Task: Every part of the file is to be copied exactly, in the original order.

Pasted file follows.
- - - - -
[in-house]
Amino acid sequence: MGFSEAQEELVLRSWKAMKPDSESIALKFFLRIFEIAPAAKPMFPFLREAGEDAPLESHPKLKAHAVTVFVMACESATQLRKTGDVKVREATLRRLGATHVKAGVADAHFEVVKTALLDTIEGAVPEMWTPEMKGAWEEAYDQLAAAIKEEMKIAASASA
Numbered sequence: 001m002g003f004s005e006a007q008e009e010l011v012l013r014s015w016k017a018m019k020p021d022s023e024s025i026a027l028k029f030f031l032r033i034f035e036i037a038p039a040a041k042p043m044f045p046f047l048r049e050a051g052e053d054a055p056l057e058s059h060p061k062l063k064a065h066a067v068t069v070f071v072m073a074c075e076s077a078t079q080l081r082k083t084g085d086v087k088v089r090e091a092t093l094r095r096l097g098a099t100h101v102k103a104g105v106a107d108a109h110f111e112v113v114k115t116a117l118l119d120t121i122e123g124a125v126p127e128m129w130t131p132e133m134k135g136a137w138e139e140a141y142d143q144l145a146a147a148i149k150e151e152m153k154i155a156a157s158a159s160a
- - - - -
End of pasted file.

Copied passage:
[in-house]
Amino acid sequence: MGFSEAQEELVLRSWKAMKPDSESIALKFFLRIFEIAPAAKPMFPFLREAGEDAPLESHPKLKAHAVTVFVMACESATQLRKTGDVKVREATLRRLGATHVKAGVADAHFEVVKTALLDTIEGAVPEMWTPEMKGAWEEAYDQLAAAIKEEMKIAASASA
Numbered sequence: 001m002g003f004s005e006a007q008e009e010l011v012l013r014s015w016k017a018m019k020p021d022s023e024s025i026a027l028k029f030f031l032r033i034f035e036i037a038p039a040a041k042p043m044f045p046f047l048r049e050a051g052e053d054a055p056l057e058s059h060p061k062l063k064a065h066a067v068t069v070f071v072m073a074c075e076s077a078t079q080l081r082k083t084g085d086v087k088v089r090e091a092t093l094r095r096l097g098a099t100h101v102k103a104g105v106a107d108a109h110f111e112v113v114k115t116a117l118l119d120t121i122e123g124a125v126p127e128m129w130t131p132e133m134k135g136a137w138e139e140a141y142d143q144l145a146a147a148i149k150e151e152m153k154i155a156a157s158a159s160a